After the number of Venezuelans arriving to the southern border soared in 2022, the Biden administration unveiled a two-pronged strategy to deter them from entering the U.S. illegally. It convinced Mexico to take back some migrants from Venezuela who crossed into the U.S. border without authorization, and launched a program to allow Venezuelans to fly into the country legally if Americans agreed to sponsor them.
Those policies were expanded to include migrants from Cuba, Haiti and Nicaragua in Jan. 2023, when the Biden administration also started allowing Venezuelans and other migrants to use a phone app to request an opportunity to enter the U.S. at an official border port of entry.
The strategy had an immediate impact, fueling a sharp drop in illegal entries by migrants from the four targeted countries. Unlawful border entries by Cubans, Haitians and Nicaraguans have remained far below their peaks in recent years. But the trend was relatively short-lived for Venezuelans, lasting for a few months before illegal crossings by Venezuelans increased sharply again this spring.
Last month, the Biden administration offered work permits and deportation protections to nearly half a million Venezuelans who arrived in the U.S. before July 31, in part to address concerns from big-city Democrats who had been demanding a move that would allow migrants to work legally more quickly. While those who have arrived since the end of July do not qualify for the relief, known as Temporary Protected Status, some officials have internally voiced concerns about the move encouraging more Venezuelans to travel to the U.S.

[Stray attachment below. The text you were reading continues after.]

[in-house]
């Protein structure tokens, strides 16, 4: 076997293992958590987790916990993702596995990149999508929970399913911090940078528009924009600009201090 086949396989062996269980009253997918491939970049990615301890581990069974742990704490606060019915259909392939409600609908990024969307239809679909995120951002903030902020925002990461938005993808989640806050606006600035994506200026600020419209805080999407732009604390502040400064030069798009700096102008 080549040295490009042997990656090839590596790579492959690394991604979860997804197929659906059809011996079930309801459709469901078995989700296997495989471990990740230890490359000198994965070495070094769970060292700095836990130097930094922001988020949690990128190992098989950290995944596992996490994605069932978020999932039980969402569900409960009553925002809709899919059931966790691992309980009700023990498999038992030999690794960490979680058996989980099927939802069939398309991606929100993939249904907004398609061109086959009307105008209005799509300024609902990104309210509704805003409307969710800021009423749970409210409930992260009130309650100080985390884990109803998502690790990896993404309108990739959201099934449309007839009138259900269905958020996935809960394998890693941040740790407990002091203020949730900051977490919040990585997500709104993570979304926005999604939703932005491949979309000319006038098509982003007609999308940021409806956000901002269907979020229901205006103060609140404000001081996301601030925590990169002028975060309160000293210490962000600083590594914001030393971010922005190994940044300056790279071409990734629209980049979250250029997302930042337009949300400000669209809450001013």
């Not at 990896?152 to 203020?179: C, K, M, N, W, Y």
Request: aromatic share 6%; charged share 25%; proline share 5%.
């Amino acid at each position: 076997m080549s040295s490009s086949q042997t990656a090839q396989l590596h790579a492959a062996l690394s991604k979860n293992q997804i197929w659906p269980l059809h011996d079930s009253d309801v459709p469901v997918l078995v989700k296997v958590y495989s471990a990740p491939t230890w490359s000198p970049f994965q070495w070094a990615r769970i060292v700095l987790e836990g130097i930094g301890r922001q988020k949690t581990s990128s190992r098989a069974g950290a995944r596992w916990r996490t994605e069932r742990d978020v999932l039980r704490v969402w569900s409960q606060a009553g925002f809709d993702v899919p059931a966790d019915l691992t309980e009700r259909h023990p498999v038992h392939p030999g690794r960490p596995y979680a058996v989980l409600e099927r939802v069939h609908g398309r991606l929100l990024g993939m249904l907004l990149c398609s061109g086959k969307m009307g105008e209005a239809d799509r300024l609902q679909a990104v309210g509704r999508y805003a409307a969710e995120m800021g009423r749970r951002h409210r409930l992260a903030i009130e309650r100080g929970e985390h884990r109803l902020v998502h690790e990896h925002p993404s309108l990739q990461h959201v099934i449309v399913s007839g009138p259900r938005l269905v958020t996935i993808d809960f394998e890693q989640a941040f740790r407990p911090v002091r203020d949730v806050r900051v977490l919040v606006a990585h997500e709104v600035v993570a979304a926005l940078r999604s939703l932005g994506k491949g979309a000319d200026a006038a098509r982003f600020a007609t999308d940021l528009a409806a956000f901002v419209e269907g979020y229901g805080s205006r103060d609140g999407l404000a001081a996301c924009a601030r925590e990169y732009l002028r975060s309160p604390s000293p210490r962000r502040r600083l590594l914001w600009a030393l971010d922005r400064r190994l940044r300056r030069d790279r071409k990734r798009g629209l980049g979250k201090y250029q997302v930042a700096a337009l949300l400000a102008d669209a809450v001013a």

“The new normal”
Adam Isacson, a migration analyst at the Washington Office on Latin America, said the options available to the Biden administration to stem the flow of U.S.-bound Venezuelan migration are limited.
“They’re in a bit of a bind. It’s the new normal. And there’s not much you can do to block it along the migration route,” Isacson said. “The numbers are bigger than anything Mexico would take. You can’t deport them to Caracas, nor should you because a lot of these people would face danger.”
Isacson said the U.S. could also detain larger numbers of Venezuelans, though Immigration and Customs Enforcement detention centers can only hold several tens of thousands of migrants at any given time.
Some advocates have also called on the Biden administration to increase the 30,000 monthly cap for the program that allows Venezuelans and other migrants with U.S. sponsors to enter the country legally.
U.S. and Panamanian officials have tried to convince Colombia to take more aggressive steps to slow the migration flow into the Darién Gap. The top U.S. border official at DHS, Blas Nuñez-Neto, recently called the situation there a “humanitarian catastrophe.” But Gustavo Petro, Colombia’s first leftist president, has said his government will not stop migrants from entering the jungle, citing humanitarian reasons.
Jose Diaz contributed reporting.
Camilo Montoya-Galvez is the immigration reporter at CBS News. Based in Washington, he covers immigration policy and politics.